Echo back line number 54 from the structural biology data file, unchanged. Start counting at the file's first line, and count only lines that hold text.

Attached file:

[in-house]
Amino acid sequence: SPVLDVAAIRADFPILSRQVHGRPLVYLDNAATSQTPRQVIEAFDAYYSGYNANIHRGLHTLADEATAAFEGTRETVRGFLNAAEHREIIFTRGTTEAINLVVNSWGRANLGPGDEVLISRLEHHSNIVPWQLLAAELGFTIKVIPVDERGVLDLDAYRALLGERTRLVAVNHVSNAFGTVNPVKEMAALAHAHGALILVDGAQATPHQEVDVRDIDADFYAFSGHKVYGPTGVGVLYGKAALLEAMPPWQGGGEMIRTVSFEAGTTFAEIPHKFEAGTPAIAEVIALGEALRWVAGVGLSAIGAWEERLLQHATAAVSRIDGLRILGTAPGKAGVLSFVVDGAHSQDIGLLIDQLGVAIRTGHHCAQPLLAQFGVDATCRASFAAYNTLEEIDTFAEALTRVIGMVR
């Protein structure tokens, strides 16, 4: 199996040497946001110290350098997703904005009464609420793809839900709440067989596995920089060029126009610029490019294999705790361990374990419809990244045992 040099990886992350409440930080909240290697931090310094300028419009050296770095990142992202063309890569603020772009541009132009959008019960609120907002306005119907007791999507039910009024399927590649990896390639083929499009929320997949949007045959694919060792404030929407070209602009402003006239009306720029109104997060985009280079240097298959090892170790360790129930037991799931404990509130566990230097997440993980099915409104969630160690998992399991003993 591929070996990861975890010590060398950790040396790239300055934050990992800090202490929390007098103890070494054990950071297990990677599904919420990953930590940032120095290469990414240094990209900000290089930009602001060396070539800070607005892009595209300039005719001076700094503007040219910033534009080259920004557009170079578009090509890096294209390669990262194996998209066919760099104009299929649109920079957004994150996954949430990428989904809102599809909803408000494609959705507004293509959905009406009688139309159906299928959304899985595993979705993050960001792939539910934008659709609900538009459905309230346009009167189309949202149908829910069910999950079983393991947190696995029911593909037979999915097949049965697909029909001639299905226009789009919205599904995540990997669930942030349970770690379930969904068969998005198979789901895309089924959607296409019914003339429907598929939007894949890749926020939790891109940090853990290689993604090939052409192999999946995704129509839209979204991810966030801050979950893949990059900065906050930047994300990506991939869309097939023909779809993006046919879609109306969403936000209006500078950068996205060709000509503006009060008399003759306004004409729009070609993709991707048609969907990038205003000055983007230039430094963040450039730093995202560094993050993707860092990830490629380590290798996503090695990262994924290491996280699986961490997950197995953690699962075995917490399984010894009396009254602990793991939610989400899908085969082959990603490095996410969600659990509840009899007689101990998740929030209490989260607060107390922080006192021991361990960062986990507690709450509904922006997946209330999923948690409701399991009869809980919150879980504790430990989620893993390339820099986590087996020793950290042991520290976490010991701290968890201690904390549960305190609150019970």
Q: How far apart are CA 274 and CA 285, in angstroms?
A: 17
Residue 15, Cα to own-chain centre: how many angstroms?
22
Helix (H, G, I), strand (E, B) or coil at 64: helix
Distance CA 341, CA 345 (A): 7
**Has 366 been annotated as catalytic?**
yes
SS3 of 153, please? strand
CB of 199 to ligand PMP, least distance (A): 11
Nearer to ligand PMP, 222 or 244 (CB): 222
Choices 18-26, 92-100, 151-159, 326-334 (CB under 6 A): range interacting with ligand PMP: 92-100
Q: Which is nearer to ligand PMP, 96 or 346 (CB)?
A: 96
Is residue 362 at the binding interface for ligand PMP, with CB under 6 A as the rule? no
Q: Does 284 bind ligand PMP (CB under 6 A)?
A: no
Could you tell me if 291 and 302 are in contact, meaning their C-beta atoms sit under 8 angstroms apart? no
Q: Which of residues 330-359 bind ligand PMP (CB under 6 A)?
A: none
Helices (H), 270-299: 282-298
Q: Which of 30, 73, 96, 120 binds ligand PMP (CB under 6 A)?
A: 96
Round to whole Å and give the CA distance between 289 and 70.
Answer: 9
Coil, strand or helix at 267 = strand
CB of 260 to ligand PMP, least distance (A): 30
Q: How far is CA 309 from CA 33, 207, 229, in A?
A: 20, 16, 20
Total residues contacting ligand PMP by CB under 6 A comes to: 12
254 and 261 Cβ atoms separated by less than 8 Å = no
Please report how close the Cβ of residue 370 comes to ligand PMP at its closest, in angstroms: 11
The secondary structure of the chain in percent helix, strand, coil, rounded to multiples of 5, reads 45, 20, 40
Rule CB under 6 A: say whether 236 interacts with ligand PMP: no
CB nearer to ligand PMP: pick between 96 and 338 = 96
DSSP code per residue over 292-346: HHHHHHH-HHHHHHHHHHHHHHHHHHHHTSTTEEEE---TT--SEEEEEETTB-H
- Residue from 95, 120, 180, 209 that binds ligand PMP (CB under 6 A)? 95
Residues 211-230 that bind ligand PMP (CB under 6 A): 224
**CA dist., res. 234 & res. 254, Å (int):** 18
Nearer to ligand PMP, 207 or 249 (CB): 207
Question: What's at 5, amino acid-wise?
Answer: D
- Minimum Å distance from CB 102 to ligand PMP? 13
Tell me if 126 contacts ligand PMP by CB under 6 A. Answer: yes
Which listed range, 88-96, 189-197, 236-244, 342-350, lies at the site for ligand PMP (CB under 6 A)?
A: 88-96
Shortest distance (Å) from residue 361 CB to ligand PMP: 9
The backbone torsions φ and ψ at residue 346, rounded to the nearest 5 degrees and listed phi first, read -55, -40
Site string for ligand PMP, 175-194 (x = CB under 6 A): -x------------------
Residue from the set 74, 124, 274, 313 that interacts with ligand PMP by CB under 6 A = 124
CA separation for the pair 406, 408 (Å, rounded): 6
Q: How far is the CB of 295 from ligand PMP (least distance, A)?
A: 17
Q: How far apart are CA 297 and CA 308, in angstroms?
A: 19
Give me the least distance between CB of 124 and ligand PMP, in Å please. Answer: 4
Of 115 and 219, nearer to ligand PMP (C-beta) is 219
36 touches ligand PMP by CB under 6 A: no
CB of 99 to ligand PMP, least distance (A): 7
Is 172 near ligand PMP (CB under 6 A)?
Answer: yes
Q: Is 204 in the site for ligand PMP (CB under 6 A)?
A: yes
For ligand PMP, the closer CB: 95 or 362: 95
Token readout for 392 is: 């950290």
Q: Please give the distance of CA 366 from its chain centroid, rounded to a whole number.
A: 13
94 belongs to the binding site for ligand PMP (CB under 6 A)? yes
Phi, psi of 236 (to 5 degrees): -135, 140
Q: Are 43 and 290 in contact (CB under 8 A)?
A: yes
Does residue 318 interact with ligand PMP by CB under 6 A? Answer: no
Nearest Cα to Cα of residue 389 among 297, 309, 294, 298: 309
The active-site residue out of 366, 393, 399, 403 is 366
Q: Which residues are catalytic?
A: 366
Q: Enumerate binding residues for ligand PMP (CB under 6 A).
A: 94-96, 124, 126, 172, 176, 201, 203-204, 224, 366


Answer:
CA separation for the pair 406, 408 (Å, rounded): 6